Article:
Up until this point Janie seemed to think the whole idea of the cops coming for us was kind of funny. Her nervous giggling stopped when she exclaimed, “Jeff! He has a real gun and he’s pointing it right at our heads!”

The first cop – the one that had done all the talking to us up to this point, and the one that appeared to be in charge, got on his radio and asked the shotgun wielding cop if he was pointing his gun at us. That cop, the youngest of the three, took his aim off of us and radioed back that no, he was not aiming his shotgun at us (the liar).

I figured they wanted to see the toy gun and I explained that I didn’t have it with me, that it was on the stands nearby. The young cop looked upset that we didn’t even have it on us. I tend to think that maybe at this point he was feeling a little guilty for aiming his weapon at us and putting our lives at risk.

The cops decided they would confiscate the gun which I didn’t really understand. I couldn’t see that as far as the law was concerned that there was any difference between this toy gun that I had made and a toy gun that you might buy at a store. The cops wouldn’t hear me, the decision had been made, the gun would be taken and later destroyed. I suggested that they destroy it then and there but they said no. I wanted to actually see it destroyed if that is what they said they were going to do.

I wasn’t in any trouble, though the cops assured me that what I had done was extremely serious, and that we were lucky they didn’t make us lay down prostate with our faces in the dirt. The incident put me into quite a state of shock, and I felt like I was the victim here — after all they robbed me of something I made without any real explanation as to the law I broke.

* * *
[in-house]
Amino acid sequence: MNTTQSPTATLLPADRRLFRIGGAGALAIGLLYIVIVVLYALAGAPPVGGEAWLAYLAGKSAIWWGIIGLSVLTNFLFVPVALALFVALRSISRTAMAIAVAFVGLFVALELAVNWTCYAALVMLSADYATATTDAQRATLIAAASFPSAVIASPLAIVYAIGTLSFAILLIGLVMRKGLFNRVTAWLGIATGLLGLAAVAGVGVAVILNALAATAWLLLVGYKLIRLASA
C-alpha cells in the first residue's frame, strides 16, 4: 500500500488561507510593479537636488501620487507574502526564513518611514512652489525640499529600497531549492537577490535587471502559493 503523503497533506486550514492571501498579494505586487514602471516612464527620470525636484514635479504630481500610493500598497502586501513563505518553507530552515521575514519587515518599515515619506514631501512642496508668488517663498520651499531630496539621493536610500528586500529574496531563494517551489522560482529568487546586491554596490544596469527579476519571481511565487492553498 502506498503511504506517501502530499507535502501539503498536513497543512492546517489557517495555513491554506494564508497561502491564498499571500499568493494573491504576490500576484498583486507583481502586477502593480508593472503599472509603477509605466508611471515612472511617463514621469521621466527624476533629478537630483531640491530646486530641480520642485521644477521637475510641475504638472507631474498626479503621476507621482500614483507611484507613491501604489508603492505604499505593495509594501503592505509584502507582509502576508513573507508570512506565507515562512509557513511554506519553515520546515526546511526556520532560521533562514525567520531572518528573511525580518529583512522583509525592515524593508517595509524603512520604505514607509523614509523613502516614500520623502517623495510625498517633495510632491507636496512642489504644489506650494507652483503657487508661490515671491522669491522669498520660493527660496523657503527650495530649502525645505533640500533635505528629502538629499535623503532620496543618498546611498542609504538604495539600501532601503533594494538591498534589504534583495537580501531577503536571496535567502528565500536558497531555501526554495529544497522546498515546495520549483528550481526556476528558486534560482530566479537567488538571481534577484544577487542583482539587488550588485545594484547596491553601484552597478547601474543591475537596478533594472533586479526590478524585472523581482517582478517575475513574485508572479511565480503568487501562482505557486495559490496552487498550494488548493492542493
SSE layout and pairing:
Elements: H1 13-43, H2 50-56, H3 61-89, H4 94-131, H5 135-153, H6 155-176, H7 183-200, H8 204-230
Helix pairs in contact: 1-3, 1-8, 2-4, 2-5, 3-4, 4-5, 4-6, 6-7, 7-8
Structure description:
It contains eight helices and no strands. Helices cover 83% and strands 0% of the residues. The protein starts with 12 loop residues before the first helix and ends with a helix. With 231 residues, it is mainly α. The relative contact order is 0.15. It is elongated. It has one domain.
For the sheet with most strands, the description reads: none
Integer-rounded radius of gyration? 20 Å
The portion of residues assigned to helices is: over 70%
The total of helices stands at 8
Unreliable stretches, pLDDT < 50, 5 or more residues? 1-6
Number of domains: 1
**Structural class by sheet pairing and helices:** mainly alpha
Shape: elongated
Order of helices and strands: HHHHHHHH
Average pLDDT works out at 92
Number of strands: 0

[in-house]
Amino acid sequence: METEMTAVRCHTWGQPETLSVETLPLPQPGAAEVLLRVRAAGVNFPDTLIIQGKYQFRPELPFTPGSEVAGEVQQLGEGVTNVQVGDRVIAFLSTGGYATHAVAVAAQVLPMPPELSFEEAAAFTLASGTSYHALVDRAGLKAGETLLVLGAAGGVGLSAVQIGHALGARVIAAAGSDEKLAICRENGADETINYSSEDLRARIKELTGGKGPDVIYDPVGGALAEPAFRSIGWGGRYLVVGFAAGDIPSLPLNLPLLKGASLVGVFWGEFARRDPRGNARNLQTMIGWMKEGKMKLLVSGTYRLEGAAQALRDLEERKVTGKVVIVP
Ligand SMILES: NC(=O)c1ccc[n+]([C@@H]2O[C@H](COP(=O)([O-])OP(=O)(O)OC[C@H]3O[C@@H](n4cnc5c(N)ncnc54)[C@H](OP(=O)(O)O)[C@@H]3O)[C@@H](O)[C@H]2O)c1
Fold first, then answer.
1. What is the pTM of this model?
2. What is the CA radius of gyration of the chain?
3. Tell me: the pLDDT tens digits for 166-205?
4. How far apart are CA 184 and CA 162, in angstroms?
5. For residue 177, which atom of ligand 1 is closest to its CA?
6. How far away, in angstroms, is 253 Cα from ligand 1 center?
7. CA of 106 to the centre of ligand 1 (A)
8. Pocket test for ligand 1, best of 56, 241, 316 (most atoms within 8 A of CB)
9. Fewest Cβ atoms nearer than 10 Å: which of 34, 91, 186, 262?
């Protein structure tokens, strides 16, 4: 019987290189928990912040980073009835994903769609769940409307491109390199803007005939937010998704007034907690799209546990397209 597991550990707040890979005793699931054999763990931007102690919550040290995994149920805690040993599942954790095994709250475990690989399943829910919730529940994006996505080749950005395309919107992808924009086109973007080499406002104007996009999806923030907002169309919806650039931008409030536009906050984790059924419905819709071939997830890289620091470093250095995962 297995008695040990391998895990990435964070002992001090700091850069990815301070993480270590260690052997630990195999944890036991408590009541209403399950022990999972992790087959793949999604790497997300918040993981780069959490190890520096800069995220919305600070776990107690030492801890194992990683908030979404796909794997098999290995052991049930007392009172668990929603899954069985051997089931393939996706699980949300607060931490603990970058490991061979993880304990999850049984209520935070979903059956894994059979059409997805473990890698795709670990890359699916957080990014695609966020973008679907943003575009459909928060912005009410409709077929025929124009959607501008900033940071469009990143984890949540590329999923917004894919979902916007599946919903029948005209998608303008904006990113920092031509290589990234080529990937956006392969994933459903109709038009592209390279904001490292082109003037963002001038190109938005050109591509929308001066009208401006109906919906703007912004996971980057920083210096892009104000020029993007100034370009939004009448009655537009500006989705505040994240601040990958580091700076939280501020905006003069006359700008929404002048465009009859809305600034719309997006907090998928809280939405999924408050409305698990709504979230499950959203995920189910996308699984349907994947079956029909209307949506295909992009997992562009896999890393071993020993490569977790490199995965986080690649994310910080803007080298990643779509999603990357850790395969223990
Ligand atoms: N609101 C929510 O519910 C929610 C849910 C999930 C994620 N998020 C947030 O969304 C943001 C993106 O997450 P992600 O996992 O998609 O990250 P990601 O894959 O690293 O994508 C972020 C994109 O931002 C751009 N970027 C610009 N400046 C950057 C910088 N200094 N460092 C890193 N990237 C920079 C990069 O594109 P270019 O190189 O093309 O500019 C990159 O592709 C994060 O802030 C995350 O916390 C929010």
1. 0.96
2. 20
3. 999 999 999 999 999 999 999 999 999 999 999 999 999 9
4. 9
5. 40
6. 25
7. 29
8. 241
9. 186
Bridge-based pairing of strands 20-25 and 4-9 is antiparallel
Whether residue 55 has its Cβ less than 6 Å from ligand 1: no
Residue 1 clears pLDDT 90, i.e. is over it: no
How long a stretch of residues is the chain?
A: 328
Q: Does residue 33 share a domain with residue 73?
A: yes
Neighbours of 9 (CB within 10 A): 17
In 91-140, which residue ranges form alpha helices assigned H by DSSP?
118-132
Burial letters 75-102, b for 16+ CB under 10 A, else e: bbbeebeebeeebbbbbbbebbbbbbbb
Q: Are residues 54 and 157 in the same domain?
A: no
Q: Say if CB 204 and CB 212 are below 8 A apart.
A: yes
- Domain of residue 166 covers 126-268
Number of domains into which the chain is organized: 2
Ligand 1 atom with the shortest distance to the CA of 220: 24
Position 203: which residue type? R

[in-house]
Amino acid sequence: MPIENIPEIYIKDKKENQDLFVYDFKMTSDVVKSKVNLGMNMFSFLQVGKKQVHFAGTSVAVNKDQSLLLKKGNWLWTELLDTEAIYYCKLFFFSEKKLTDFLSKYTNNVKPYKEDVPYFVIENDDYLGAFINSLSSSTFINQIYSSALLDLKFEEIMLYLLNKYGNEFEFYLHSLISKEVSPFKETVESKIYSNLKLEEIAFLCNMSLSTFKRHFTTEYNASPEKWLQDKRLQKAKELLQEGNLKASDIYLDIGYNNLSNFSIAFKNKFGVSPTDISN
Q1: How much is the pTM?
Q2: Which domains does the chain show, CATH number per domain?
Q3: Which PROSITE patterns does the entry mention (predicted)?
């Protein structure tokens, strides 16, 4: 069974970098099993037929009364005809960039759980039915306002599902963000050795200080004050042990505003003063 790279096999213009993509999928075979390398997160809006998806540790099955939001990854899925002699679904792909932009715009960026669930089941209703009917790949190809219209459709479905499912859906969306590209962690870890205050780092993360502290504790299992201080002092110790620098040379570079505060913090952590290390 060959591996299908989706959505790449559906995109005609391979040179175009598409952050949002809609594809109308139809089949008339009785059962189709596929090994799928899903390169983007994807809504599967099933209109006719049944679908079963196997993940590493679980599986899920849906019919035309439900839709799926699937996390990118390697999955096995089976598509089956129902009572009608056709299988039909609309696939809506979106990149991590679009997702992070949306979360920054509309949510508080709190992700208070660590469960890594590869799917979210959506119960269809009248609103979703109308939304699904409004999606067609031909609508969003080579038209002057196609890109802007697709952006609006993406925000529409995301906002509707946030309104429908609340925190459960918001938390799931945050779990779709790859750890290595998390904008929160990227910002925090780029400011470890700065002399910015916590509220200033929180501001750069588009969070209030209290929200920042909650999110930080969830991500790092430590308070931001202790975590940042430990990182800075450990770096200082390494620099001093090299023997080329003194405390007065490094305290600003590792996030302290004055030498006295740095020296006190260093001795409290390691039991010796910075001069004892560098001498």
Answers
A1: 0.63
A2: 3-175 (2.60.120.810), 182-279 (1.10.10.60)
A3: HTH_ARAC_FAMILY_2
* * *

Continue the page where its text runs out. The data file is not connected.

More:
I worked hard on that toy and I wanted it back. A family friend and lawyer told us that, in fact, no law had been broken and that we should go down to the police station the next day and get it back. He explained that if they won’t give it to us, then he would go down there and get it himself.

I had my parents call the police station and find out what the deal was. (In an unrelated coincidence the officer in charge that night was an old student of my Dad’s PhysEd class at Hat High.) My parents left a message for him and a few hours later he returned the call. However they were out and though I didn’t want to speak to him myself, he asked me to.

During the conversation he told me that the law in Canada defines a weapon as “anything which a person actually uses or intends to use to cause death or injury. It also includes any item which is designed, used or intended for use to threaten or intimidate.” So for example a beer bottle is not a weapon until a person decides to use it to threaten, to intimidate, or to hurt someone.

Well I said to the cop on the phone, I didn’t use the toy gun to threaten or intimidate, and as far as I could see it was no different than if I bought a toy gun from the dollar store and furthermore that they had no right to steal it from me. He got pretty mad and told me that if I didn’t drop it, he would press charges and that it could be decided in court. I asked him (and I have to be kind of proud of myself for not backing down especially considering how traumatic the event was to me at the time), “For what? It’s a toy gun. I didn’t use it as a weapon. What did I do wrong?”